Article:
By Polly Schaafsma
Ethics and Rock artwork: pictures and gear addresses the specified ways that moral issues pertain to rock artwork learn in the better context of the archaeological moral debate. Marks on stone, with their social and spiritual implications, provide upward thrust to unique moral matters in the scholarly company as diverse perceptions among students and local americans are encountered in regard to worldviews, suggestions of house, time, and within the interpretation of the imagery itself. This discourse addresses concerns comparable to the conflicting paradigms of oral traditions and archaeological veracity, differing rules approximately landscapes within which rock artwork happens, the intrusion of “desired knowledge”, and the way the prior could be robbed via altering interpretations and values on either side. Case reviews are offered in regard to shamanism and war-related imagery. additionally addressed are matters surrounding questions of artwork, aesthetics, and appropriation of images via outsiders. total, this discourse makes an attempt to explain issues of rivalry among Euro-American students and local american citizens in order that we will be able to larger realize the origins of modifications and therefore advertise higher mutual realizing in those endeavors.
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Extra info for Images and Power: Rock Art and Ethics
Anthropologist Richard Bendremer and bioethics scholar Kenneth Richman attempt to fortify their rhetoric with a quote from Vine Deloria Jr. to the affect that “anthropologists were the only group he had ever known who ‘had their brains sucked out of [their] skulls’” (Bendremer and Richmond 2006:97,114). Are not these words subject to ethical review? What if the situation were reversed? Elsewhere, Deloria (1969:79) again describes anthropologists in an equally libelous manner. None of these emotionally driven and divisive statements are conducive to resolving the ethical issues and establishing common ground or, alternatively, accepting the fact that multiple views of the past serve different ends where archaeologists and indigenous people hold contradictory views.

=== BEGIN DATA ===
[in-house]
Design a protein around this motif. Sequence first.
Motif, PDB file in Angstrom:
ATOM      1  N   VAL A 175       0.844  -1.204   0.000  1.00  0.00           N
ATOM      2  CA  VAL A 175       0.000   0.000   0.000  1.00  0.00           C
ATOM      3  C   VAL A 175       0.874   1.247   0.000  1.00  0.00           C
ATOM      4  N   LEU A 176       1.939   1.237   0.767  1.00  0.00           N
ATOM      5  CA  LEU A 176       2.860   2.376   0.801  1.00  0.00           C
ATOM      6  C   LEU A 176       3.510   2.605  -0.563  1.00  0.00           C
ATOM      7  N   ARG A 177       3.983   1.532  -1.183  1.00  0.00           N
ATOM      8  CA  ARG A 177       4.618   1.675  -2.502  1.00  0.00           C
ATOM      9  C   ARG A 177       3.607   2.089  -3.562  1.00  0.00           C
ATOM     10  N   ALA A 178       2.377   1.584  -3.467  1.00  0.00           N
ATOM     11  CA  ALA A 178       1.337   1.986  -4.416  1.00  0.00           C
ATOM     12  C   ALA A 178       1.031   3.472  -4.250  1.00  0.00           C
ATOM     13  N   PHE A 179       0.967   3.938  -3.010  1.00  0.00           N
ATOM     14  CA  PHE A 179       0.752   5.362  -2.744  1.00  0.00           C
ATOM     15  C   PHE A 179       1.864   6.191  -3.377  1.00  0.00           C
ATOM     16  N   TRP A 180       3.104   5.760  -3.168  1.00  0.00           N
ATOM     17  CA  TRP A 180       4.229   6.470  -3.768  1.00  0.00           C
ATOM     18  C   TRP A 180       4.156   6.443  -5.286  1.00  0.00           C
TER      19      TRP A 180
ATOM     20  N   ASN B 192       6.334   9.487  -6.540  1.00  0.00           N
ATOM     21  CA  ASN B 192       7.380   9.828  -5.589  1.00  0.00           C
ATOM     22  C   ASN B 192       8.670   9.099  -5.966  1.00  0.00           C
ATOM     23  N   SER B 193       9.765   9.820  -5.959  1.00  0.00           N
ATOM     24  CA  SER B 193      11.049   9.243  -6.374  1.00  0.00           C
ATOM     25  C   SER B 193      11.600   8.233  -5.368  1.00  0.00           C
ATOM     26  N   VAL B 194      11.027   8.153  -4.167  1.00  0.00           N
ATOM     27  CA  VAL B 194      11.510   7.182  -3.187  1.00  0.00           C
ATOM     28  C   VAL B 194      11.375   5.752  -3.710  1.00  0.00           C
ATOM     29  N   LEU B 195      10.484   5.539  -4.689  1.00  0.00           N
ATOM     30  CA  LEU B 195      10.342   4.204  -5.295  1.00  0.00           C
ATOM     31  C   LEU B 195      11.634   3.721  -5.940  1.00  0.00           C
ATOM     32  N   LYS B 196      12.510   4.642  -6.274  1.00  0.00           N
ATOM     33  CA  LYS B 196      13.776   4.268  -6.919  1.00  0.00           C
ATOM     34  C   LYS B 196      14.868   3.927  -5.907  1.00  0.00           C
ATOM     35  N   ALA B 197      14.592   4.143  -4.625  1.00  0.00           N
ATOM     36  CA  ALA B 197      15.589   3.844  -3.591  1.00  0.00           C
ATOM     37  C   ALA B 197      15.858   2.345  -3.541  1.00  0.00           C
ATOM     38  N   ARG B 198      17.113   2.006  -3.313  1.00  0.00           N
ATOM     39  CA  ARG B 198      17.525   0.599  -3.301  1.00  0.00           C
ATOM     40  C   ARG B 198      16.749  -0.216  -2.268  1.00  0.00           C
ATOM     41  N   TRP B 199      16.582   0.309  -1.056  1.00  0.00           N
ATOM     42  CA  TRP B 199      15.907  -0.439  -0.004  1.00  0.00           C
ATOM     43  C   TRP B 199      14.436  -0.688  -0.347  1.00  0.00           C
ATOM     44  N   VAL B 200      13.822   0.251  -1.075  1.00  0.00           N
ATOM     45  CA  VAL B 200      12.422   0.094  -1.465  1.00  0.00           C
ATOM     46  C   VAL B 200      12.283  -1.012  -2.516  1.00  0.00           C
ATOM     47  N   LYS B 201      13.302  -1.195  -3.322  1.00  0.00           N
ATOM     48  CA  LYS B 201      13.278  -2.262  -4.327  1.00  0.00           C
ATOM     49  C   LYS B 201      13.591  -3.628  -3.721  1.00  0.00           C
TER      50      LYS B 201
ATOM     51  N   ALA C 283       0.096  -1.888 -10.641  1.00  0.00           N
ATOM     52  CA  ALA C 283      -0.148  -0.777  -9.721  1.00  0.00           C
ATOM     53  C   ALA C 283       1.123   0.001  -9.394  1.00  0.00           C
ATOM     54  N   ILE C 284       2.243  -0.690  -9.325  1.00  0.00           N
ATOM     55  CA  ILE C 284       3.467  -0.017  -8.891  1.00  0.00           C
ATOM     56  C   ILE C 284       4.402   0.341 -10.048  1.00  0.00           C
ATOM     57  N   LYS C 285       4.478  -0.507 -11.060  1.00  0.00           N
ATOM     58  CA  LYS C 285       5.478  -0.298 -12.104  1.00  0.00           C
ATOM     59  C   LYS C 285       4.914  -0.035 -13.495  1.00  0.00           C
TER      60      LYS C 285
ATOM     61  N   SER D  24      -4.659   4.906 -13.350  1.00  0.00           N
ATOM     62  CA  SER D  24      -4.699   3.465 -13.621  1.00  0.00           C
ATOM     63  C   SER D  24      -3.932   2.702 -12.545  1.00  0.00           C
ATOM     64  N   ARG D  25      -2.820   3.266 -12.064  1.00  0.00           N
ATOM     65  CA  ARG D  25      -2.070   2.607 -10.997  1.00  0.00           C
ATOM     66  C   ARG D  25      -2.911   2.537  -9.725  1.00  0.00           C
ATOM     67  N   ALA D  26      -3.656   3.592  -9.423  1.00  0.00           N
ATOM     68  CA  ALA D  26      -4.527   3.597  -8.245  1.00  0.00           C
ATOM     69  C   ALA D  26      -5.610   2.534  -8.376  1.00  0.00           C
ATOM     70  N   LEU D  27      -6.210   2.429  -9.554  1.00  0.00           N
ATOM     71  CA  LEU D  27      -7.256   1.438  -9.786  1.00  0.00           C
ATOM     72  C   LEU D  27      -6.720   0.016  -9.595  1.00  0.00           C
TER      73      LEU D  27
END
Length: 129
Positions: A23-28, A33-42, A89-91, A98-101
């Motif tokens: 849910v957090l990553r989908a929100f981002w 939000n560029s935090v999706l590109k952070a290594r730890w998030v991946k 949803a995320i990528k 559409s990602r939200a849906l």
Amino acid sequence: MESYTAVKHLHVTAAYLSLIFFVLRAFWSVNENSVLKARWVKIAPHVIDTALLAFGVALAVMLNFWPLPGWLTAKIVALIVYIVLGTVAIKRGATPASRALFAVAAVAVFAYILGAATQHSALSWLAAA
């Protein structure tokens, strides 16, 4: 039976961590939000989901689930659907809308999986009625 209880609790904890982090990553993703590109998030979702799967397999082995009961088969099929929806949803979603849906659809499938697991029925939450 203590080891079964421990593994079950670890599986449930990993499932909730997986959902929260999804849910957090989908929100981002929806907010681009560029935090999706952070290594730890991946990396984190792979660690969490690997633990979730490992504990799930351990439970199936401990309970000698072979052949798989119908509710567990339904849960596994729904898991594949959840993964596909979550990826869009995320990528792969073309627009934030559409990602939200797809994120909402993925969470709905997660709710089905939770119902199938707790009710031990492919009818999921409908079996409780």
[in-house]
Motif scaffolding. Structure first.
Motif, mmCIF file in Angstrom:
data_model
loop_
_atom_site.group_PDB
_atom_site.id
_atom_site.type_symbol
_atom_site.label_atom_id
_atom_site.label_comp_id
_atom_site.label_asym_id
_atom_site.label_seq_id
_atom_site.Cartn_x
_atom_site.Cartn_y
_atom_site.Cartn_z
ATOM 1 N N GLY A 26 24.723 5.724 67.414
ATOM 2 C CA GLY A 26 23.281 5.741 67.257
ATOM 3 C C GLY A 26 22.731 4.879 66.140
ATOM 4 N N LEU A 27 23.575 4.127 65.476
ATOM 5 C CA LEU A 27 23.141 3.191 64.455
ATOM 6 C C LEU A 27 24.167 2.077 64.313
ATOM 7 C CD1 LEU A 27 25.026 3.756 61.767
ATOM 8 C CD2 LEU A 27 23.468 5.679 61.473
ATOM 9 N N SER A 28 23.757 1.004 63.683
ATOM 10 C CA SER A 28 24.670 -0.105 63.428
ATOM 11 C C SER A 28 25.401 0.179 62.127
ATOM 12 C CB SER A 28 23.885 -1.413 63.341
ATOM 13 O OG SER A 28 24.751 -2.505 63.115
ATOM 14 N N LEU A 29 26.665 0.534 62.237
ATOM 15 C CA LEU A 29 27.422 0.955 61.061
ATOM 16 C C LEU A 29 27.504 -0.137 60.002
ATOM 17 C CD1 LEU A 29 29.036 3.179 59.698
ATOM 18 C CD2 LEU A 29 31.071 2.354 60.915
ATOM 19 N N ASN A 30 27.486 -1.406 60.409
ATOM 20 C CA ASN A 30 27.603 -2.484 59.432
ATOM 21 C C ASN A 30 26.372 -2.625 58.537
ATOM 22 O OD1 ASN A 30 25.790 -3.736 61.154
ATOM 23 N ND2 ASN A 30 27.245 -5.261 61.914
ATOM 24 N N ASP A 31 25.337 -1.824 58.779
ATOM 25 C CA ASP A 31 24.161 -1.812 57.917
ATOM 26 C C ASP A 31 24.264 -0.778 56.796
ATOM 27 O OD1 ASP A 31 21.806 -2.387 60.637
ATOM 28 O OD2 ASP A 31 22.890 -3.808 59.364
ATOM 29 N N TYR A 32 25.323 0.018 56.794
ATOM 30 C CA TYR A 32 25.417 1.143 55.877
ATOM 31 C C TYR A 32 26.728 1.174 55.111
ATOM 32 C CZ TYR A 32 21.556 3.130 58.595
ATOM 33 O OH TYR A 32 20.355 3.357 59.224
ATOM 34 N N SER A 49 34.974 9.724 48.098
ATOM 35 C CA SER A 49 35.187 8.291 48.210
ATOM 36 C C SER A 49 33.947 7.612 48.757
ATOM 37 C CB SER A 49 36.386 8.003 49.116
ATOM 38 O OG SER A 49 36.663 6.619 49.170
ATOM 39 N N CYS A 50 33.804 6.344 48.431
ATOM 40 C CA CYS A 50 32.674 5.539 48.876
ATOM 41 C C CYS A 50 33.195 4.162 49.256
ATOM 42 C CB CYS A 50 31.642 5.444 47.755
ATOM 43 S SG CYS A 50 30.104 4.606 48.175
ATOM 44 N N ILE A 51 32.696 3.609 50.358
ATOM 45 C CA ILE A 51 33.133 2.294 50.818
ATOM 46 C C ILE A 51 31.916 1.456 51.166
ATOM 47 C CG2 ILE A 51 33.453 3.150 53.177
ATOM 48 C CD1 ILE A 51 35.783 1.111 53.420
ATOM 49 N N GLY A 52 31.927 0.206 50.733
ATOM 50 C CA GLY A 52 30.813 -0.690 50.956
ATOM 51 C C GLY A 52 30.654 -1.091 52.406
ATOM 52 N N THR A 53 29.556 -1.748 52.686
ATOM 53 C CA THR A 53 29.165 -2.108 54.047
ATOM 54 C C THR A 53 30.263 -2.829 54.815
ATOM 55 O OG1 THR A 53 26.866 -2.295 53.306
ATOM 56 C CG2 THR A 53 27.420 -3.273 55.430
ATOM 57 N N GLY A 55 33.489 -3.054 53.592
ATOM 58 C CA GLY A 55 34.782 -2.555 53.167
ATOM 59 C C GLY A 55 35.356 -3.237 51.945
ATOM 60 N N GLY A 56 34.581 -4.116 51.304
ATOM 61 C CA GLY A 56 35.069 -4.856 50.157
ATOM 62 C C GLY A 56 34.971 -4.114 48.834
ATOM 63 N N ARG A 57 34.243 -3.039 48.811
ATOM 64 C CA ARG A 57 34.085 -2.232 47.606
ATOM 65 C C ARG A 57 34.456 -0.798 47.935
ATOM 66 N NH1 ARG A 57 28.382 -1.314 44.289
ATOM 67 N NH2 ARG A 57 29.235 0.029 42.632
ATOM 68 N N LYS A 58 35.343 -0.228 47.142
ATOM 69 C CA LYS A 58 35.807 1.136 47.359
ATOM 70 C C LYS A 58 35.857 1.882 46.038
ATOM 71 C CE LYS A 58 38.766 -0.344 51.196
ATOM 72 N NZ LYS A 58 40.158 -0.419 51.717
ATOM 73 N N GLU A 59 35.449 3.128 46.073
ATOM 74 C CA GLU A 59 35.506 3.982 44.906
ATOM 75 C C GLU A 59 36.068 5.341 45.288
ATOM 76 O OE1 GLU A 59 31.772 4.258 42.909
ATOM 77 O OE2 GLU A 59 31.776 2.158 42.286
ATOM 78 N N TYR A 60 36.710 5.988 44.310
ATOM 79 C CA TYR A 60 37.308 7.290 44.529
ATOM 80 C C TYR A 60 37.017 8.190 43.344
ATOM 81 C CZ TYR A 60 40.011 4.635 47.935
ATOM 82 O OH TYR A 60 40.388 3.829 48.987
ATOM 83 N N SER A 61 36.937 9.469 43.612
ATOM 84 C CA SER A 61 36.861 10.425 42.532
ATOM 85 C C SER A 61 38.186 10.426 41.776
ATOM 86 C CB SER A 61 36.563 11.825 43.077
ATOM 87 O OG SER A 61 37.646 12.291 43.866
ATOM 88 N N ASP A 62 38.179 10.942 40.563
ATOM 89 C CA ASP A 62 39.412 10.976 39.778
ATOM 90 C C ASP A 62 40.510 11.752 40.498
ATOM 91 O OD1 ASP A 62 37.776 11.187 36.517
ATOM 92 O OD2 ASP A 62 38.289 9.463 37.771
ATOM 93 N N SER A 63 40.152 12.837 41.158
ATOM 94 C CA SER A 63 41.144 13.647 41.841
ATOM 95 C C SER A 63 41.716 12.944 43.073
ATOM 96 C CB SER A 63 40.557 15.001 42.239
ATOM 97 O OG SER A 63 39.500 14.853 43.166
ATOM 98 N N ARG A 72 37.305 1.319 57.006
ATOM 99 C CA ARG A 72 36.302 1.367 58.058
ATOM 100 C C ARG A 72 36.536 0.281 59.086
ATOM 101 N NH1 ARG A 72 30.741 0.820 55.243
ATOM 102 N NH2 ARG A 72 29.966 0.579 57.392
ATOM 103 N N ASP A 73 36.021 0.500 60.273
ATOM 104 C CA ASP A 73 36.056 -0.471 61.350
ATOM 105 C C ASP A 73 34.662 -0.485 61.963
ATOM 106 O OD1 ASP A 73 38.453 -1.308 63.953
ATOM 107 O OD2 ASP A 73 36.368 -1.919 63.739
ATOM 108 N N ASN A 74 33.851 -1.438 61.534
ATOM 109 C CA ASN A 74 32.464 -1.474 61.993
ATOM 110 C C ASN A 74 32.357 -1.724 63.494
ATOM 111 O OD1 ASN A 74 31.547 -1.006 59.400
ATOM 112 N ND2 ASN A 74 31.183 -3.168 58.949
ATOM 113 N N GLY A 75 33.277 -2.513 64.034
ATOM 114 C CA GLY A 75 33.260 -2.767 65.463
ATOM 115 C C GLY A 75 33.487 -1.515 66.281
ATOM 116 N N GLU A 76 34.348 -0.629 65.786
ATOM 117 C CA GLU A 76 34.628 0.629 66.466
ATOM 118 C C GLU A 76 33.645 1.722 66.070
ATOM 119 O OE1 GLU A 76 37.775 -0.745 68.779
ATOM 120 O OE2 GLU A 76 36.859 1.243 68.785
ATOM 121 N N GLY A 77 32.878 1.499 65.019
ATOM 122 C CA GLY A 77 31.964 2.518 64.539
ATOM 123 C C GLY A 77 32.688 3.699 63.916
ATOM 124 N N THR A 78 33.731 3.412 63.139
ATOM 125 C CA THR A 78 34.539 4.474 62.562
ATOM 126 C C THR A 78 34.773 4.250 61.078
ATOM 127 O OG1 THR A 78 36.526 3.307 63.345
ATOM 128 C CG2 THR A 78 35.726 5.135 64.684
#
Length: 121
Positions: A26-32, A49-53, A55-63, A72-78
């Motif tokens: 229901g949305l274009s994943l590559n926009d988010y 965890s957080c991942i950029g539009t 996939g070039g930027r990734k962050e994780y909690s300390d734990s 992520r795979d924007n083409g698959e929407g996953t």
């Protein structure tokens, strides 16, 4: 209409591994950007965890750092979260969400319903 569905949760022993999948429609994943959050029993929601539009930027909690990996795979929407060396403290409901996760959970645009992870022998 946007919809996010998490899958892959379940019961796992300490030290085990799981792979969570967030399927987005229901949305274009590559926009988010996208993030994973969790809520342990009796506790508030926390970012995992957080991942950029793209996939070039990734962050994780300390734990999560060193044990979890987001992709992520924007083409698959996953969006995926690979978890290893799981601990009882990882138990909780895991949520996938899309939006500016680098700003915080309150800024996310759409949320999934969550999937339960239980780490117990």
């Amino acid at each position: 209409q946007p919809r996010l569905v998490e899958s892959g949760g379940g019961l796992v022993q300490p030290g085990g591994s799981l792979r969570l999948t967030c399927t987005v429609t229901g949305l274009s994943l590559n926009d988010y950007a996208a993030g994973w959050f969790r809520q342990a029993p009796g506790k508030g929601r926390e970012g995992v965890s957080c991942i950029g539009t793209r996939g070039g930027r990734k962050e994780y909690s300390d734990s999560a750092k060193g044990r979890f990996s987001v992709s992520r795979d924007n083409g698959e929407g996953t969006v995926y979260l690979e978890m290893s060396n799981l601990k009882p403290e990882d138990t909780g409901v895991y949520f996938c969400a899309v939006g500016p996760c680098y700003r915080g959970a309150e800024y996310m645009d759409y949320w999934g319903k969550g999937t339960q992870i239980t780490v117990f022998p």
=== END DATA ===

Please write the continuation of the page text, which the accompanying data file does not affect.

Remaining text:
They accuse archaeologists of stealing “culture, language, images and things,” to promote their careers, describing them as cavalier and doing “great harm” (Bendremer and Richman 2006:114). Accusations of such disregard commonly overlook the significant differences in the views and paradigms operative between anthropologists and native communities and their distinctive claims to different kinds of knowledge. Such critics portray anthropologists as imperialistic or of maintaining colonial agendas with indigenous people, against whom they assert their rights to control their history, culture, and the intellectual property.
In many cases, such sharing is for the purpose of reestablishing identity or assuming stewardship of a real or perceived cultural heritage. Current revitalization movements by American Indian groups in regard to trails in the Desert West are a good example (Darling and Lewis 2007; Darling 2009; Stoffle et al. 2009). The Southern Paiute and Chemehuevi are incorporating rock art locations into the reconstruction of the Salt Trail traditions as markings along the trails that reestablish relationships between these people and their traditional landscapes.